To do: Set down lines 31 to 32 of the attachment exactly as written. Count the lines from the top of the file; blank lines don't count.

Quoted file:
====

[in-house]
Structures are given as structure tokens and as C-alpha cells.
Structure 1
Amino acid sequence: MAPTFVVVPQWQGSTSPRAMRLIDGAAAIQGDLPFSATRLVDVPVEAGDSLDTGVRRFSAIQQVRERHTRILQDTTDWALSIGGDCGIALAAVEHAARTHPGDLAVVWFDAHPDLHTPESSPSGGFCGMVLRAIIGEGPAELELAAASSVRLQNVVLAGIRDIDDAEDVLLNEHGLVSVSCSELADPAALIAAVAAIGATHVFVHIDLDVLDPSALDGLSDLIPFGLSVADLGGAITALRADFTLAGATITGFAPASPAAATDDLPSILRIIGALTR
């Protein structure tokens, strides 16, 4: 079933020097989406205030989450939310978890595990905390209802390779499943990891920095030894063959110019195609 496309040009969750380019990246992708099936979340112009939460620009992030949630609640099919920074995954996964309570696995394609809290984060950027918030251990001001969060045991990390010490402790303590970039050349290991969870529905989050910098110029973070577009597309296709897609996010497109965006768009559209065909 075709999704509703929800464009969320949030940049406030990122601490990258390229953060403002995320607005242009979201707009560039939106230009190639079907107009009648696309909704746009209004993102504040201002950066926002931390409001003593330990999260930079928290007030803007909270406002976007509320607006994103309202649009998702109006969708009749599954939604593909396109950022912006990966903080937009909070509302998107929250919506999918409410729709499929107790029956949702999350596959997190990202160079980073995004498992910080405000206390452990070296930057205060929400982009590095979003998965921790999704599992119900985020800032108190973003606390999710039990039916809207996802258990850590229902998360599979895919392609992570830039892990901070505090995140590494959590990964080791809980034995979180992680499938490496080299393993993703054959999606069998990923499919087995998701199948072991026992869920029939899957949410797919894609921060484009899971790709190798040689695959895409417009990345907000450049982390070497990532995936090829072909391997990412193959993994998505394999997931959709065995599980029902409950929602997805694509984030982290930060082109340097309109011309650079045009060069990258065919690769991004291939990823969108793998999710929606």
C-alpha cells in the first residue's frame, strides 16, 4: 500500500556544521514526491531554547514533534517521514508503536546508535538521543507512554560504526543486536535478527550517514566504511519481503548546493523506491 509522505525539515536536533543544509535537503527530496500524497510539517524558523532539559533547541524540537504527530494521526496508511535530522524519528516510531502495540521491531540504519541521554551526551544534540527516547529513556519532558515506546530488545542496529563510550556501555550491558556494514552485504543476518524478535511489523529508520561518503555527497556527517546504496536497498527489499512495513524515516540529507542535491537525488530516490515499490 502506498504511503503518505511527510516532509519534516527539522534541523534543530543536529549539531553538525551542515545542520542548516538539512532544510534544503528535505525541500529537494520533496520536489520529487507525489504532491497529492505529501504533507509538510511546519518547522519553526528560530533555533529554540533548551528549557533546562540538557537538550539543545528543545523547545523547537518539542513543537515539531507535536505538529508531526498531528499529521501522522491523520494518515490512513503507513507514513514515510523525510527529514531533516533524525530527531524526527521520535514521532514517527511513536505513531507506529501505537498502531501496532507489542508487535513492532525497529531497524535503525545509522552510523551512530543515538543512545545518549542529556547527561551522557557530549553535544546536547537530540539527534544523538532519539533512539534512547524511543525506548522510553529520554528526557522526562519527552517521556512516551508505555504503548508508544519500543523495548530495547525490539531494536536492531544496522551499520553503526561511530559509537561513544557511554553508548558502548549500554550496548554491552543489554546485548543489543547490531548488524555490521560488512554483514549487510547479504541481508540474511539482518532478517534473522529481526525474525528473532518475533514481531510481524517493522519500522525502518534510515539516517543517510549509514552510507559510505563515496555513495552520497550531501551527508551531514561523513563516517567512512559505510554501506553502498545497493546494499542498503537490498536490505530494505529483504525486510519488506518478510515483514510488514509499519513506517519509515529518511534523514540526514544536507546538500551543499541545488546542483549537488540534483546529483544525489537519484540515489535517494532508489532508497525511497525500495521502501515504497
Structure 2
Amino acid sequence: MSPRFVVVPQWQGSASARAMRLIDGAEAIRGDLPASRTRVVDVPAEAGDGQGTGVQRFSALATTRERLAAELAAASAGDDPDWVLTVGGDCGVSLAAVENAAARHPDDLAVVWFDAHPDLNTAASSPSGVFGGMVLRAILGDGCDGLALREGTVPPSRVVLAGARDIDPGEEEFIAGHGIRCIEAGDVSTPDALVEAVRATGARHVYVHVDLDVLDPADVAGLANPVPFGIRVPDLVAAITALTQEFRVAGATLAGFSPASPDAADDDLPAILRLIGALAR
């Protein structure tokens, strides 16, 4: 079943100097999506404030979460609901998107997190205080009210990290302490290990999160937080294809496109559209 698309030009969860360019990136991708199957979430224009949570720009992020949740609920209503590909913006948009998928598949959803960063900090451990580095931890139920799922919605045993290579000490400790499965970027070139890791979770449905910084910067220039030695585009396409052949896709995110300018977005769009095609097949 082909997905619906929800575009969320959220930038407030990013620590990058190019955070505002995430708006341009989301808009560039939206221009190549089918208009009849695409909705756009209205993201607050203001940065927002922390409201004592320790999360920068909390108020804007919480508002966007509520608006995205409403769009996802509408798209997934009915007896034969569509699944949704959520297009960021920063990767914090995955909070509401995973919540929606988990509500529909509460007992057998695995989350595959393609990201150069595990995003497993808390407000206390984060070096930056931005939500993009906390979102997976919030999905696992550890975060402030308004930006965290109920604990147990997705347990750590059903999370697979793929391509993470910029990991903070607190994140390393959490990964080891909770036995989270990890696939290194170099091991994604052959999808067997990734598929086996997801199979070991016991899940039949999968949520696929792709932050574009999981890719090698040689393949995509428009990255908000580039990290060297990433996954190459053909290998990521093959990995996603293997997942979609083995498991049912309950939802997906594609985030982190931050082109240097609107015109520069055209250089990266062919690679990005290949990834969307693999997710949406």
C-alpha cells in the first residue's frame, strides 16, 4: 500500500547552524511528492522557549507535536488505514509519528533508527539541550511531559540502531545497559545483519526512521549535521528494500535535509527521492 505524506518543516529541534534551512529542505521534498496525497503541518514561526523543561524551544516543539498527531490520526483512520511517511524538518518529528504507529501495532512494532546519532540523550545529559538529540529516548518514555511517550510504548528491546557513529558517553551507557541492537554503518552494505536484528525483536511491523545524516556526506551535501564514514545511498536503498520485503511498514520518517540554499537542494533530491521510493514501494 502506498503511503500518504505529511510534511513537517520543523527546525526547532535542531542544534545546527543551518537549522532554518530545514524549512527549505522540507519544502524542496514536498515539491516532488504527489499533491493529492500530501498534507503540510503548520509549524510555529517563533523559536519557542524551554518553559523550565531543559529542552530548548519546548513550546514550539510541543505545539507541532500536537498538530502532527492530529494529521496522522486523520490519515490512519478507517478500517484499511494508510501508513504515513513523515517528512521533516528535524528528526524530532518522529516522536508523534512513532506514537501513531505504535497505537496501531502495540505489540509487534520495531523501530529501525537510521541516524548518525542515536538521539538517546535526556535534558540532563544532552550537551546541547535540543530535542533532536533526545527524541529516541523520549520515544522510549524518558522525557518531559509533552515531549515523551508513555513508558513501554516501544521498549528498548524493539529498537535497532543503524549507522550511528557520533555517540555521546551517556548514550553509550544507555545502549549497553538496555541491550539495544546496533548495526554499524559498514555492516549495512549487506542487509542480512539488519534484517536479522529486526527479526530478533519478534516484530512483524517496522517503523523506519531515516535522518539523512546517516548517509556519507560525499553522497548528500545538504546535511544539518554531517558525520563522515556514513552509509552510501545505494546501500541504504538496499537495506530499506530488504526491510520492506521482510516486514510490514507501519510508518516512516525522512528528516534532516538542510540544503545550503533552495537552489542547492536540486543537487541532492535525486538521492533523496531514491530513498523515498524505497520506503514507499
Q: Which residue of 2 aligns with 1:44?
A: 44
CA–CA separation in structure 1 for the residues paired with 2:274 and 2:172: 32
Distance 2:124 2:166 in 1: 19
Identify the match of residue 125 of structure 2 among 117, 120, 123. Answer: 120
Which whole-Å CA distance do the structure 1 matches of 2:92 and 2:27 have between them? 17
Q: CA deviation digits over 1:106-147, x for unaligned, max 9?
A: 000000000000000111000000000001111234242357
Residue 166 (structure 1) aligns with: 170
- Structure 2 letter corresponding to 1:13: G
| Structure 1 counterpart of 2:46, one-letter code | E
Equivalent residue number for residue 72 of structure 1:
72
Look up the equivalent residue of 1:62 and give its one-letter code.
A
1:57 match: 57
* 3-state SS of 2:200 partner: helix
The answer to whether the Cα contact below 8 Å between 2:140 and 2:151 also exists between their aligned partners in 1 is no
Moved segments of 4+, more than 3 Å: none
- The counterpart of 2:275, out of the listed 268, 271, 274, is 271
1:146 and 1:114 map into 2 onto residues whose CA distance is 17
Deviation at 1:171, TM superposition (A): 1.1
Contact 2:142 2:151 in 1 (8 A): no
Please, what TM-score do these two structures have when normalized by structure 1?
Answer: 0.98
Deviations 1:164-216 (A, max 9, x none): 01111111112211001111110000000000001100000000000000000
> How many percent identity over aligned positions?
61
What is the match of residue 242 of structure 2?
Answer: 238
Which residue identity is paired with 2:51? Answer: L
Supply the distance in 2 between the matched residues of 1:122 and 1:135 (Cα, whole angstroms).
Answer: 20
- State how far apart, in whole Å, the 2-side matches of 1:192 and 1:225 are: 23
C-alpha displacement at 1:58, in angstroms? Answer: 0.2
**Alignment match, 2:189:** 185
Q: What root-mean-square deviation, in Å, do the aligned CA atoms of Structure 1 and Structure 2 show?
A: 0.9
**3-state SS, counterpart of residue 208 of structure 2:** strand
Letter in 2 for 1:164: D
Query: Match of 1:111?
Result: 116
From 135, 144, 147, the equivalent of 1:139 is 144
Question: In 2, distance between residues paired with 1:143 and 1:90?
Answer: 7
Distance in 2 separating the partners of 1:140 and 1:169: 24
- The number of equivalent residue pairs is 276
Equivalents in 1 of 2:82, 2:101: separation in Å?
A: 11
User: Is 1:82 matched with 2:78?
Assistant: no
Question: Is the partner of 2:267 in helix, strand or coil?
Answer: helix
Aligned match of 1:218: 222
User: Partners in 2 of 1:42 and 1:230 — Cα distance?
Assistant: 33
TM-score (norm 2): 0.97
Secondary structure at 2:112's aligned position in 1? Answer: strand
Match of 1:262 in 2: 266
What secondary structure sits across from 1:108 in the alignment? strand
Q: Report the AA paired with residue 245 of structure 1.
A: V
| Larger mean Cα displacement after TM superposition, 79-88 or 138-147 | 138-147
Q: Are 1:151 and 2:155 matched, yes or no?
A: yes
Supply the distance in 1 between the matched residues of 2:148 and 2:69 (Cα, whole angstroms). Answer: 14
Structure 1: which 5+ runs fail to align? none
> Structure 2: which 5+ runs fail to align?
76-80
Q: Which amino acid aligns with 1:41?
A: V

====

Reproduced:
1:146 and 1:114 map into 2 onto residues whose CA distance is 17
Deviation at 1:171, TM superposition (A): 1.1